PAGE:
Cancel bill, nurses union urges
Health-care bargaining legislation could 'cause significant disruption,' critics contend
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Hey there, time traveller!
This article was published 08/05/2017 (2091 days ago), so information in it may no longer be current.
Labour unions urged the Pallister government Monday evening to scrap a bill that would shrink the number of health-care bargaining units in Manitoba and force them to compete with each other for members in a series of representation votes.
While the government has said the goal of its proposed legislation is to streamline the collective bargaining process, the unions argued that the system already works efficiently with joint bargaining taking place on such major issues as wages, benefits and pensions.
They also said they’ve offered government an alternative proposal to Bill 29 (The Health Sector Bargaining Unit Review Act) but have yet to receive a response.
“This bill has the potential to cause significant disruption in our health-care system,” said Sandi Mowat, president of the 12,000-strong Manitoba Nurses Union.
“At a time when our health-care system is facing cuts and restructuring we simply don’t need an additional distraction,” Mowat told a multi-party committee of MLAs.
Bill 29 would create seven bargaining units for each health region and provincewide employer. By the government’s count, there are 182 health-care bargaining units in Manitoba. There are five health regions in the province.
Unions representing health-care workers repeatedly told the public hearing that they are willing to work with the government to develop an alternative to the bill that all could live with.
Kevin Rebeck, president of the Manitoba Federation of Labour, noted that the proposed legislation would establish employer councils to bargain with unions in each region. He said the unions would be willing to create labour councils to bargain contracts on behalf of workers.
He said the proposal by organized labour is doable and preferable to Bill 29, while avoiding the uncertainty and disruption of holding a series of votes among tens of thousands of health-care workers to decide which union would represent them.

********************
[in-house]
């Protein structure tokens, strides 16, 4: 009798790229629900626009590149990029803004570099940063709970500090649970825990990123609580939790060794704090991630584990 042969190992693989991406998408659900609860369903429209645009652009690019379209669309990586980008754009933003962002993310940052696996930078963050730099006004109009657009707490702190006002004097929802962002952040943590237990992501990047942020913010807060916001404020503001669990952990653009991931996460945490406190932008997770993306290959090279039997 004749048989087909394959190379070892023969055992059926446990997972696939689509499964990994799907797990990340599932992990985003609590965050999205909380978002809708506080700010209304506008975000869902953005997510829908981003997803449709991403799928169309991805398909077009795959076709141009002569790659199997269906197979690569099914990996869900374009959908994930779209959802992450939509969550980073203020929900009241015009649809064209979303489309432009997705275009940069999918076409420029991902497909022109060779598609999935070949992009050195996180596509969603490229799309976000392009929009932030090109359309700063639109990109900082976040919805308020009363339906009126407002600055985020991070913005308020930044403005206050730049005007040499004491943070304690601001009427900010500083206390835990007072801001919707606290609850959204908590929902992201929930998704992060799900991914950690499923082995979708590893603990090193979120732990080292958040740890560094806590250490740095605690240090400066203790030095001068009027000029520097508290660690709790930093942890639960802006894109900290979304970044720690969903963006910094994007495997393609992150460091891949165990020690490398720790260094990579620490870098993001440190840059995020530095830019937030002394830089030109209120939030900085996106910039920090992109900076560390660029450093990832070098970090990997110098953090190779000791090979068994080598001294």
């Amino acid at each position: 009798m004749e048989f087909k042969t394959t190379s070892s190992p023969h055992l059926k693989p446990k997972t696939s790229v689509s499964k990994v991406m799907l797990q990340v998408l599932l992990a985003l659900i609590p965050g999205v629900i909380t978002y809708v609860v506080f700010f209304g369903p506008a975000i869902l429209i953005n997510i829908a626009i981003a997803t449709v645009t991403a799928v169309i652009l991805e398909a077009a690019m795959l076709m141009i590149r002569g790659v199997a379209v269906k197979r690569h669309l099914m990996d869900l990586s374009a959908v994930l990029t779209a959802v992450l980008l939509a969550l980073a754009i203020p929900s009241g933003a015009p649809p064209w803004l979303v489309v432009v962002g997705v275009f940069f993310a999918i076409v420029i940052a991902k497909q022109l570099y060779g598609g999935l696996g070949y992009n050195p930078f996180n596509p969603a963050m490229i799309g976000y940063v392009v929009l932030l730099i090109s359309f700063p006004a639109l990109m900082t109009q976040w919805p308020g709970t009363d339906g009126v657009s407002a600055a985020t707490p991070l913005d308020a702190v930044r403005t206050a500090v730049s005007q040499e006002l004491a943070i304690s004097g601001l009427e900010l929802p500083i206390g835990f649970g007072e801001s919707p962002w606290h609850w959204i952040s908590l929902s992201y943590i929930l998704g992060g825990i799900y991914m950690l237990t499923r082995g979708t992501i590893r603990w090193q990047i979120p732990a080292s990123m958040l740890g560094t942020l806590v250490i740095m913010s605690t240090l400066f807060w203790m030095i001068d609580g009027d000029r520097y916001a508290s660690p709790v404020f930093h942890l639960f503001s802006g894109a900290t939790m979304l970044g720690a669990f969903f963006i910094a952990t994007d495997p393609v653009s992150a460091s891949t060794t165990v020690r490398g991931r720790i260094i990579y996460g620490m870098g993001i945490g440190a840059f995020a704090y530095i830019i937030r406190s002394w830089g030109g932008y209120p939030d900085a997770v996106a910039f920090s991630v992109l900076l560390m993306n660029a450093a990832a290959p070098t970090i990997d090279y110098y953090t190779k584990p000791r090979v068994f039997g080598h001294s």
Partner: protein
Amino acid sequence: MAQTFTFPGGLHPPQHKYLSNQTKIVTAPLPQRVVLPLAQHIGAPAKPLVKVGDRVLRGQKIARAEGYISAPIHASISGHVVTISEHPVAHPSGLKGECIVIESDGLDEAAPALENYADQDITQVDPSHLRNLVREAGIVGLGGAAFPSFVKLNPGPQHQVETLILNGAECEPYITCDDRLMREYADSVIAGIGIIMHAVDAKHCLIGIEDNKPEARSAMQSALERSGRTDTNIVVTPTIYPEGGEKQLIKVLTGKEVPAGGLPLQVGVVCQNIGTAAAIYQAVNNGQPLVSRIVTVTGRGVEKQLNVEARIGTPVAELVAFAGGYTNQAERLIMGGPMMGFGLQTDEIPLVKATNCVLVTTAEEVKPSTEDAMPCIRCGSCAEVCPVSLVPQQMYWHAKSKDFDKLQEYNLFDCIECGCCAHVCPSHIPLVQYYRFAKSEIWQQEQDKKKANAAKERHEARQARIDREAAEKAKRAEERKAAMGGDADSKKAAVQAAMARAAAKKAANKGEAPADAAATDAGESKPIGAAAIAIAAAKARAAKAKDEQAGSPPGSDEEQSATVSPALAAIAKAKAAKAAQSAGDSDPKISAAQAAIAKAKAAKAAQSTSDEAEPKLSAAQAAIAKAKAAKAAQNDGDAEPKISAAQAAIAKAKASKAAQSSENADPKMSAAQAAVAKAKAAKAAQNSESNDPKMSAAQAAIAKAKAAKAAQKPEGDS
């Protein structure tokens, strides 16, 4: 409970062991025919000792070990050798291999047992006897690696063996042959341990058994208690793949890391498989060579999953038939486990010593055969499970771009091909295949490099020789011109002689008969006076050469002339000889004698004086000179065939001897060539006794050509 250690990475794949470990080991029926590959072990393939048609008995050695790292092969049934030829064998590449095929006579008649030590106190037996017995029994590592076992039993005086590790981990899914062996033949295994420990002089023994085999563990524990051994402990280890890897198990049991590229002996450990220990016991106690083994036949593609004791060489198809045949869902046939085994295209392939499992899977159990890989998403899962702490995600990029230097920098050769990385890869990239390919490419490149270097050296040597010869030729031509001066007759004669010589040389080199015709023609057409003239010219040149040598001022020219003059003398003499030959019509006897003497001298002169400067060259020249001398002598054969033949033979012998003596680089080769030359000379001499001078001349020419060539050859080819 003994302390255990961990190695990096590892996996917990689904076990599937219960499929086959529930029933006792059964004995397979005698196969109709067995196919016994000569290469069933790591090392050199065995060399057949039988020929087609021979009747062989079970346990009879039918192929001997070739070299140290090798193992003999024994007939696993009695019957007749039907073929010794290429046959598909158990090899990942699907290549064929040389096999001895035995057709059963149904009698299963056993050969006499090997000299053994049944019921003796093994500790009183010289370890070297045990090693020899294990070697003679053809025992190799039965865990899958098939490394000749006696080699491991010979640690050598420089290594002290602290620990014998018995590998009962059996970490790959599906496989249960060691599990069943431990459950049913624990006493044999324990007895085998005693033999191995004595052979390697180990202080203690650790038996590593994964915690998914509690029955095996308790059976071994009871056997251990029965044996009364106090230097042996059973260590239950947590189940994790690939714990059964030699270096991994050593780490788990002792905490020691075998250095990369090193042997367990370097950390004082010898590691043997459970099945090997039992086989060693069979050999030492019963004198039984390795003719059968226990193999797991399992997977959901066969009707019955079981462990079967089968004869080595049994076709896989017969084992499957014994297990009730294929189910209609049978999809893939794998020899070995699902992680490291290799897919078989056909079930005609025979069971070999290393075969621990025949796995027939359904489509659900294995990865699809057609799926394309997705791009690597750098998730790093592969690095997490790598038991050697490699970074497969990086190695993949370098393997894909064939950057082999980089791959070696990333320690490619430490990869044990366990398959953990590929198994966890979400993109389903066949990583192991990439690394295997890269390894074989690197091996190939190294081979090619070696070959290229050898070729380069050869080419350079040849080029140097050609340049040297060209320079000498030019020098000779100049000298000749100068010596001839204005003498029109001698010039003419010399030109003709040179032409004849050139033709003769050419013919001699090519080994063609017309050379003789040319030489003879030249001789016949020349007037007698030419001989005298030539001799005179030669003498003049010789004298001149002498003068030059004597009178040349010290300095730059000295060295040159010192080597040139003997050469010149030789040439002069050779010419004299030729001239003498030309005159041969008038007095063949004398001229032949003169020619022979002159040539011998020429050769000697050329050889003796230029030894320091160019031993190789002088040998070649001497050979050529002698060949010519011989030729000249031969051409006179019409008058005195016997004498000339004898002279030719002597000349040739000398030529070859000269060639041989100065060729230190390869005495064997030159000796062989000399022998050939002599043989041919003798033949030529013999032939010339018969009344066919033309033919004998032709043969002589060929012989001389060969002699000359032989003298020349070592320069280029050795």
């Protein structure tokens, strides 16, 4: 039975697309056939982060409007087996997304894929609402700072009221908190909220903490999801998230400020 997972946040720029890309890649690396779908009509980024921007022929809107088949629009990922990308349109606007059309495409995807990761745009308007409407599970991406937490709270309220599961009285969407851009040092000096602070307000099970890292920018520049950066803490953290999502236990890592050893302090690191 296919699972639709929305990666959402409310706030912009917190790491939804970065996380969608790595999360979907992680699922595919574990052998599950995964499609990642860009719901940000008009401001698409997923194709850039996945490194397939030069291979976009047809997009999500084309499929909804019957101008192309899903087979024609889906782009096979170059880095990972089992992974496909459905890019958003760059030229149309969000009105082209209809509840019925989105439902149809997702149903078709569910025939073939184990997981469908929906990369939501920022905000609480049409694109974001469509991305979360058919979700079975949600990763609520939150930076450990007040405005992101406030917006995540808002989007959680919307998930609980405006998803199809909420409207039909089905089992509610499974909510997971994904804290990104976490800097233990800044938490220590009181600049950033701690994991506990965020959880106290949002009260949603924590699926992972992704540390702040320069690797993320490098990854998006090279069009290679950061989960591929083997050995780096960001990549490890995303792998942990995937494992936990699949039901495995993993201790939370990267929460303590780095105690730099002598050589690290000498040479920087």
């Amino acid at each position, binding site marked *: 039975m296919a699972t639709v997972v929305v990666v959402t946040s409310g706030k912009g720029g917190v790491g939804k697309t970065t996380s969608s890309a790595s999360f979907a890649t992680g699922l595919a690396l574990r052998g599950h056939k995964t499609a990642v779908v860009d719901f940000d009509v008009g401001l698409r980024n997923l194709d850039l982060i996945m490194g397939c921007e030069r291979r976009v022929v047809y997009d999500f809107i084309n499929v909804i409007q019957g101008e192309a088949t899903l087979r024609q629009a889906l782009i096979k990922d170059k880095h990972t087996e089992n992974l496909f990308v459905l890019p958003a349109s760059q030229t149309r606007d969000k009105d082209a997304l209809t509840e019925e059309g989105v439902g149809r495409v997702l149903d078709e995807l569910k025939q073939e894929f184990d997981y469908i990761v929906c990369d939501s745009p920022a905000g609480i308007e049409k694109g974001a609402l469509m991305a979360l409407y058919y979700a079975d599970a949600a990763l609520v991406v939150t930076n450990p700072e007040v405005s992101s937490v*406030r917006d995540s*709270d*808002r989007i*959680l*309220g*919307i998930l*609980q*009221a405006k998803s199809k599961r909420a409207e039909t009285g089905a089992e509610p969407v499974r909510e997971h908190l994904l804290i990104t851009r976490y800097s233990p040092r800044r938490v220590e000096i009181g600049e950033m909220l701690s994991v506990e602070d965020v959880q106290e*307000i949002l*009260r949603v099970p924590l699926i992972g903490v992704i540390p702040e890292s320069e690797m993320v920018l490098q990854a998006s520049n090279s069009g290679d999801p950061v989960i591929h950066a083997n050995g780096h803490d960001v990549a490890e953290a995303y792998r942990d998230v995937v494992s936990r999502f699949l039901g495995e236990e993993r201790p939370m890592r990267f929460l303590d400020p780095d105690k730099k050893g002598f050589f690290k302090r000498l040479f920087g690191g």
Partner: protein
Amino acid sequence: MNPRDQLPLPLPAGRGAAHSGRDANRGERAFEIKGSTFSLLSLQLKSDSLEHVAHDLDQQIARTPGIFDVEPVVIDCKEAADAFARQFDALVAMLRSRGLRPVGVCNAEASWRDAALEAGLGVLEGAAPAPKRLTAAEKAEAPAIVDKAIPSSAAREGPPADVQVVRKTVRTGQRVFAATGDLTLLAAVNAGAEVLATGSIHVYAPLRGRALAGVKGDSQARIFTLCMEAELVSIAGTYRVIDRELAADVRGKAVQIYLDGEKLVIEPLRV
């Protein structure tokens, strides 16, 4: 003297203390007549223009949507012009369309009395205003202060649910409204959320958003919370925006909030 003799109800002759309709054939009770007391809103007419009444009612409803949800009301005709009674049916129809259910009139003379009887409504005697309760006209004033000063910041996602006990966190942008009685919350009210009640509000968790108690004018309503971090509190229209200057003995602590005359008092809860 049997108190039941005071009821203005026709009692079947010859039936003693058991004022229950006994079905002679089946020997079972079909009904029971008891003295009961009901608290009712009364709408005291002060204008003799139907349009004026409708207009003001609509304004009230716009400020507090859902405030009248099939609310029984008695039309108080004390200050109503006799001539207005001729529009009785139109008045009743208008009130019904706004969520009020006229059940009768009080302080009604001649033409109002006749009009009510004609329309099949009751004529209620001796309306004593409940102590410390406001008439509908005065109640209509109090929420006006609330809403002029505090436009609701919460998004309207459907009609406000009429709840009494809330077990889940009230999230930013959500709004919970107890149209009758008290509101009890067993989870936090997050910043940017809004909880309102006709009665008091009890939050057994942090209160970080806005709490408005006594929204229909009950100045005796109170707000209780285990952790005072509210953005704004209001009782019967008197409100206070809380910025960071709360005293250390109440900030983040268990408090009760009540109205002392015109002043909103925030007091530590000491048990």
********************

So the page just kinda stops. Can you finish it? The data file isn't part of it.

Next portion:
“We urge the government to hit the stop button — or at minimum the pause button — on Bill 29 and allow us some time to work with Manitoba Health on a better way forward,” Rebeck said.
Michelle Gawronsky, president of the Manitoba Government and General Employees Union, called Bill 29 “heavy-handed.”
“I have been through three rounds of representation votes, and I know first-hand just how disruptive they are,” she told the legislative committee. “To claim they are necessary to improve patient care ignores this reality.”
Beatrice Bruske, with Local 832 of the United Food and Commercial Workers, said what concerns her union most is that the bill appears “simply to be a way to pit unions against one another.”
“Hospitals are a very stressful place for our members to work,” she said. “This bill and the resulting amalgamation votes would be a distraction for our members, quite frankly.”
UFCW represents hospital support workers, health-care aides as well as social workers, physiotherapists and occupational therapists.
Rebeck said any effort to reform collective bargaining in the health sector should adhere to three basic principles: protecting and improving patient care; supporting and respecting health-care professionals in their work; and respecting the democratic decisions health-care workers have made in choosing which union to represent them.
The public hearing into Bill 29 occurred simultaneously with a hearing on the Pallister government’s public sector wage bill.
More than 50 people attended the meeting, with some visiting both sessions, just down the corridor from each other on the second floor of the Legislative Building.
Health Minister Kelvin Goertzen attended the committee hearing, but asked few questions. He mainly thanked presenters for their submissions. A total of 31 people were scheduled to speak.
Larry Kusch didn’t know what he wanted to do with his life until he attended a high school newspaper editor’s workshop in Regina in the summer of 1969 and listened to a university student speak glowingly about the journalism program at Carleton University in Ottawa.